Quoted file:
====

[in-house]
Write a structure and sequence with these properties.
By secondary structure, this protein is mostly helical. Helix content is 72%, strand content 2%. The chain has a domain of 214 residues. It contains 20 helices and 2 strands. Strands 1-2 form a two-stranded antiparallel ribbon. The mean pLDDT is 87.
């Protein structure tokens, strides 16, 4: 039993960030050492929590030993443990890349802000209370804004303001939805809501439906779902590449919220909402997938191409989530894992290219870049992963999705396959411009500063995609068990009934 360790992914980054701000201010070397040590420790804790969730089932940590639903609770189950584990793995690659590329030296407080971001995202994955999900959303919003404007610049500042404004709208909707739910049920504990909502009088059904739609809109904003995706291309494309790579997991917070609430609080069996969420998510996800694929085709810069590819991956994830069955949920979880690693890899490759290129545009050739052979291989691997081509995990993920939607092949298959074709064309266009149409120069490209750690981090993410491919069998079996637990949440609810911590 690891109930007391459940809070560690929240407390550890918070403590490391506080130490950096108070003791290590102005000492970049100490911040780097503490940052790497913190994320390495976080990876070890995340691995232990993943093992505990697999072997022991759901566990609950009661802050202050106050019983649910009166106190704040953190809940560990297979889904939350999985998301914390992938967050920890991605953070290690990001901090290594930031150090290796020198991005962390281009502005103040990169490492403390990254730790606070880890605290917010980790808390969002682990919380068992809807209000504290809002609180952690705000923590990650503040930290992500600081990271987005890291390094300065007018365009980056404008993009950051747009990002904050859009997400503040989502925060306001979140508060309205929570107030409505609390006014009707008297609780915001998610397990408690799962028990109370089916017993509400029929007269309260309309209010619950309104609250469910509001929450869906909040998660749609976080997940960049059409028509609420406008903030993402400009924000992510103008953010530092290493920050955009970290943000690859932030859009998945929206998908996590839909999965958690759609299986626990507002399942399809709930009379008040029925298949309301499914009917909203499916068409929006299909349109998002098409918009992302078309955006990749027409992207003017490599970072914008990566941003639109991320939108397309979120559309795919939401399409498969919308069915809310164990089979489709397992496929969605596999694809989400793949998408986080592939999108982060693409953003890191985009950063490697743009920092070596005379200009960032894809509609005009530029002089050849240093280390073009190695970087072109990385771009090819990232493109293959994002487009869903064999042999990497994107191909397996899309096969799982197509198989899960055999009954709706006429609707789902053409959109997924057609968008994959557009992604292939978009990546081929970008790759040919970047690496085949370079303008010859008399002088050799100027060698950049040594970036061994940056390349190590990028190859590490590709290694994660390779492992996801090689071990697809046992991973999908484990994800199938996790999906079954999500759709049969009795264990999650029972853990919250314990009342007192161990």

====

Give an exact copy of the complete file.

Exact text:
[in-house]
Write a structure and sequence with these properties.
By secondary structure, this protein is mostly helical. Helix content is 72%, strand content 2%. The chain has a domain of 214 residues. It contains 20 helices and 2 strands. Strands 1-2 form a two-stranded antiparallel ribbon. The mean pLDDT is 87.
């Protein structure tokens, strides 16, 4: 039993960030050492929590030993443990890349802000209370804004303001939805809501439906779902590449919220909402997938191409989530894992290219870049992963999705396959411009500063995609068990009934 360790992914980054701000201010070397040590420790804790969730089932940590639903609770189950584990793995690659590329030296407080971001995202994955999900959303919003404007610049500042404004709208909707739910049920504990909502009088059904739609809109904003995706291309494309790579997991917070609430609080069996969420998510996800694929085709810069590819991956994830069955949920979880690693890899490759290129545009050739052979291989691997081509995990993920939607092949298959074709064309266009149409120069490209750690981090993410491919069998079996637990949440609810911590 690891109930007391459940809070560690929240407390550890918070403590490391506080130490950096108070003791290590102005000492970049100490911040780097503490940052790497913190994320390495976080990876070890995340691995232990993943093992505990697999072997022991759901566990609950009661802050202050106050019983649910009166106190704040953190809940560990297979889904939350999985998301914390992938967050920890991605953070290690990001901090290594930031150090290796020198991005962390281009502005103040990169490492403390990254730790606070880890605290917010980790808390969002682990919380068992809807209000504290809002609180952690705000923590990650503040930290992500600081990271987005890291390094300065007018365009980056404008993009950051747009990002904050859009997400503040989502925060306001979140508060309205929570107030409505609390006014009707008297609780915001998610397990408690799962028990109370089916017993509400029929007269309260309309209010619950309104609250469910509001929450869906909040998660749609976080997940960049059409028509609420406008903030993402400009924000992510103008953010530092290493920050955009970290943000690859932030859009998945929206998908996590839909999965958690759609299986626990507002399942399809709930009379008040029925298949309301499914009917909203499916068409929006299909349109998002098409918009992302078309955006990749027409992207003017490599970072914008990566941003639109991320939108397309979120559309795919939401399409498969919308069915809310164990089979489709397992496929969605596999694809989400793949998408986080592939999108982060693409953003890191985009950063490697743009920092070596005379200009960032894809509609005009530029002089050849240093280390073009190695970087072109990385771009090819990232493109293959994002487009869903064999042999990497994107191909397996899309096969799982197509198989899960055999009954709706006429609707789902053409959109997924057609968008994959557009992604292939978009990546081929970008790759040919970047690496085949370079303008010859008399002088050799100027060698950049040594970036061994940056390349190590990028190859590490590709290694994660390779492992996801090689071990697809046992991973999908484990994800199938996790999906079954999500759709049969009795264990999650029972853990919250314990009342007192161990």